As Wilda Johnson sat grinning in the Owatonna courtroom, her demeanor surprised reporters and curiosity seekers who had packed the proceedings.

“She looked somewhat pale, but showed remarkable indifference,” according to one newspaper account from Dec. 14, 1905. “All the morning her face had been wreathed in smiles and her every act showed that she little appreciated the gravity of the charge against her.”

And that charge was plenty grave. Authorities accused the single, 32-year-old farm woman of pouring rat poison in a neighbor’s well. They contended she was trying to kill a 26-year-old schoolteacher named Gertrude Lundstrom, who was dating a single farmer and church usher for whom Johnson secretly pined.

The Steele County love triangle case, not surprisingly, captivated the rural region about 70 miles south of the Twin Cities.

“The case is creating the greatest interest of anything that has ever happened in this county,” according to a “special dispatch” published in the Owatonna People’s Press, the Minneapolis Tribune and picked up in newspapers across the country.

Among the juicy bits of evidence: an orange earlier left in a bag tied to the doorknob of the country schoolhouse where Lundstrom taught, with a note attached saying it was for the teacher. She never ate the orange because she noticed it was punctured with suspicious holes. A state chemist later determined there was enough strychnine poison in the orange to kill 25 people.

Testimony at the trial included witnesses who joined all three of the key players — the teacher, the defendant and the farmer — at the Aurora Norwegian Lutheran Church the Sunday before the poison was detected in the well. When Oscar Prestegaard ushered Lundstrom and her family to their pew, witnesses said Johnson glared furiously. After services, Prestegaard escorted Lundstrom to the teacher’s family farm.

Anna Larson, a local dressmaker, was at church that day and told jurors that Johnson’s “countenance bore an intensified, revengeful look.” The defense attorney countered with testimony from Carl Prestegaard, who said he — not his brother — ushered Lundstrom to her pew.

The prosecution’s key witness was the intended victim, Gertrude Lundstrom. She grew up on a Steele County farm in Havana township before marrying Sedrick Lundstrom and moving to Amery, Wis. Sedrick died from tuberculosis in 1903, leaving Gertrude widowed with a young daughter. She moved back home near Owatonna and started teaching school.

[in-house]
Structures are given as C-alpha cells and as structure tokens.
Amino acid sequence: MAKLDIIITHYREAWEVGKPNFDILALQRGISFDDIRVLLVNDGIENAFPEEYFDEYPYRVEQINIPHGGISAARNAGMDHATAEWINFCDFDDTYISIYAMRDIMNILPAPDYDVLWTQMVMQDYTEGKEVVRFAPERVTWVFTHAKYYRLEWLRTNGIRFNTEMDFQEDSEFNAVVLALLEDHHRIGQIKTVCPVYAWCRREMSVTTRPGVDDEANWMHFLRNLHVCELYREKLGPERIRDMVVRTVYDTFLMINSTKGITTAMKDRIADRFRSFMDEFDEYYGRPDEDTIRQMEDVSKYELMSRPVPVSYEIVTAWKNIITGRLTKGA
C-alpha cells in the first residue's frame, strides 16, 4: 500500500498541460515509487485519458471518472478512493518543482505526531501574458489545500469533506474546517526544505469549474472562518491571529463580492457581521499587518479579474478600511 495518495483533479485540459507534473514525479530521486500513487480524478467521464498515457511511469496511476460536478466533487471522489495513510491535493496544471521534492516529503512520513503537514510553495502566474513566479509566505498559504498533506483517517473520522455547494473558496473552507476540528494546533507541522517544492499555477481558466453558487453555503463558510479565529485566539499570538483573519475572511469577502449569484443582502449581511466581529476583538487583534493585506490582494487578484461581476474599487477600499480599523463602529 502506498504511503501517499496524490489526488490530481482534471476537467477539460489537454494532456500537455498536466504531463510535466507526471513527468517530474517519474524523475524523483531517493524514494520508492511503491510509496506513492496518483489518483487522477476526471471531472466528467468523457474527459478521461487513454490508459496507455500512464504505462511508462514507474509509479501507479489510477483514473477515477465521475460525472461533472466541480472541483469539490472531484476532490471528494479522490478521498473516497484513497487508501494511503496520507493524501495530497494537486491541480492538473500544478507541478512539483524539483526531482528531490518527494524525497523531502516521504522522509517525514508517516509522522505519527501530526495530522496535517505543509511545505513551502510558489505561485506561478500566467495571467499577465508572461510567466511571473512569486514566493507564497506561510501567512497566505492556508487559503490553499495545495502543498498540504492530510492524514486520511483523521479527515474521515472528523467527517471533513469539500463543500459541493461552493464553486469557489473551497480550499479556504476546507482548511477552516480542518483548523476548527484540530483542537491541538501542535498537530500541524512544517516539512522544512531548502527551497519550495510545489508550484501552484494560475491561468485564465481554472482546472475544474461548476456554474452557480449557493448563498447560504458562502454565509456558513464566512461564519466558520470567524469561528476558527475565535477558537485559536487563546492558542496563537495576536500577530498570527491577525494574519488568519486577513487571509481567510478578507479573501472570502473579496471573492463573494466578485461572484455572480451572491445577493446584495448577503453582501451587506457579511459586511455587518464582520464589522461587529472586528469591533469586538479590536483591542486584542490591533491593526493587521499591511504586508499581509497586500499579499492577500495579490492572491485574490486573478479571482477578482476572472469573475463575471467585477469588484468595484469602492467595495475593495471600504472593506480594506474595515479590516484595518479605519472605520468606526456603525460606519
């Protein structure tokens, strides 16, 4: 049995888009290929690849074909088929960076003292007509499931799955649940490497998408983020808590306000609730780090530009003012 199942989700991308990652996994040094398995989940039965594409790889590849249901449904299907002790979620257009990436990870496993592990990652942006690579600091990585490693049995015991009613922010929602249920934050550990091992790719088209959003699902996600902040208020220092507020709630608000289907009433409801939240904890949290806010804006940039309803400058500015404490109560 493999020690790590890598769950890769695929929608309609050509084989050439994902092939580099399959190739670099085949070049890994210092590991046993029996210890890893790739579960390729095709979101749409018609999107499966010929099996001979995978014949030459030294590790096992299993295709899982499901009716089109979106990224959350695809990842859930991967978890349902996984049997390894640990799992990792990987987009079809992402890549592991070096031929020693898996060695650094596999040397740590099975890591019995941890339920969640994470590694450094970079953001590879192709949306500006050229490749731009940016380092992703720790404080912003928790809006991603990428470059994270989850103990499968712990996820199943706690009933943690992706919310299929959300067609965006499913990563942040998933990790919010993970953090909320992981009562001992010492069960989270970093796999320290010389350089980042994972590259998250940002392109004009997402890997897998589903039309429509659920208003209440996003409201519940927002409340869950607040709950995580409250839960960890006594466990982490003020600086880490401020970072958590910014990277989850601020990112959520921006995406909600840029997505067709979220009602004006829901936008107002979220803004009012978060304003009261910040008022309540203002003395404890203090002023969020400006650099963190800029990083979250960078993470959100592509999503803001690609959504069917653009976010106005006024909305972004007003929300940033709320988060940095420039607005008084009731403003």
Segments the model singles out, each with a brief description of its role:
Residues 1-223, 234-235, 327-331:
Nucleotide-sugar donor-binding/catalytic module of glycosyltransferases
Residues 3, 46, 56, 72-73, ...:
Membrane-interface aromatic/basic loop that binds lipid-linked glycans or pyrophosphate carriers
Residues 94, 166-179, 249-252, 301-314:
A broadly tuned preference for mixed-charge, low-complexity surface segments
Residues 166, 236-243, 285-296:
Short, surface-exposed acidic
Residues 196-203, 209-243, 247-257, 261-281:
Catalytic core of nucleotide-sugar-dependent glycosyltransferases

She testified that she rose early on Wednesday, June 7, 1905, lit a fire in the kitchen and went to the well to fetch a pail of water for breakfast. She ran to her father, who was milking cows, and showed him the water in the pail that had a “peculiar green color.”

They returned to the well and found more green poison — and footprints. They followed those tracks through mud left from recent rains. The footprints had an unusual worn-down right heel and led 2 miles down a private road to a farm where defendant Wilda Johnson lived with her mother and brother.

Instead of confronting Wilda, they went to the sheriff. When they all returned to check the tracks, they found none. Wilda’s brother had just tested his horse-drawn plow disc in the area, erasing any alleged tracks.

A 5-cent sack of rat poison found in the well was traced back to an Owatonna pharmacy. A clerk testified that a woman had purchased it, but he couldn’t identify Wilda. When Sheriff Frank Chambers questioned her about the poison, she first said she knew nothing about it. She later wept and changed her testimony, saying she had indeed purchased some poison to kill rats in her basement. The sheriff testified he found no poison amid the basement rat holes.

Despite the mounting evidence against his client, defense attorney Harlan Leach had some strategy of his own to raise reasonable doubt. He produced a shoe the size allegedly left in the muddy tracks, and Johnson’s foot didn’t fit in it.

He also produced a witness named Magnus Johnson, who testified he was riding along the road by the farm the night before the poison was found. He said his horse spooked upon seeing a man walking in the ditch, a wide-brimmed hat pulled low down over his eyes.

When he hollered at the man to ask “what the hell he was walking in a ditch at this time of night,” the man turned his head and skulked away. Under cross-examination, he couldn’t swear the person in the ditch was a man.

After two and half hours of deliberation, the jury returned its verdict: not guilty. The judge gaveled the raucous courtroom to order and the case soon disappeared into the fog of history.

Chris Larson, a Richfield history buff, dug up the old newspaper accounts of the trial in anticipation of its 110th anniversary this week. Her great-grandmother was among the prosecution witnesses, and her research revealed she’s related to both the accused and the intended victim.

In fact, she said both were descendants of the first group of Norwegian settlers in the Owatonna area. They likely didn’t know it, but they were third cousins, once removed.

After her acquittal, Wilda Johnson remained on the family farm. She died 12 years later of tuberculosis at 44. The registrar who signed her death certificate? None other than Oscar Prestegaard, the church usher who’d gone on to marry a different woman, with whom he had five children. He died in 1919 from a burst appendix.

Gertrude Lundstrom moved back to Amery after the sensational trial and was married two more times. After her second husband died, she relocated to Austin, Minn., with her third husband. She died in 1968 at 89.

“Although Wilda was acquitted, I still wonder if she was guilty,” Chris Larson said. “As far as I know, no one else was ever charged or tried for the crime.”

 

Curt Brown’s tales about Minnesota’s history appear each Sunday. Readers can send him ideas and suggestions at mnhistory@startribune.com.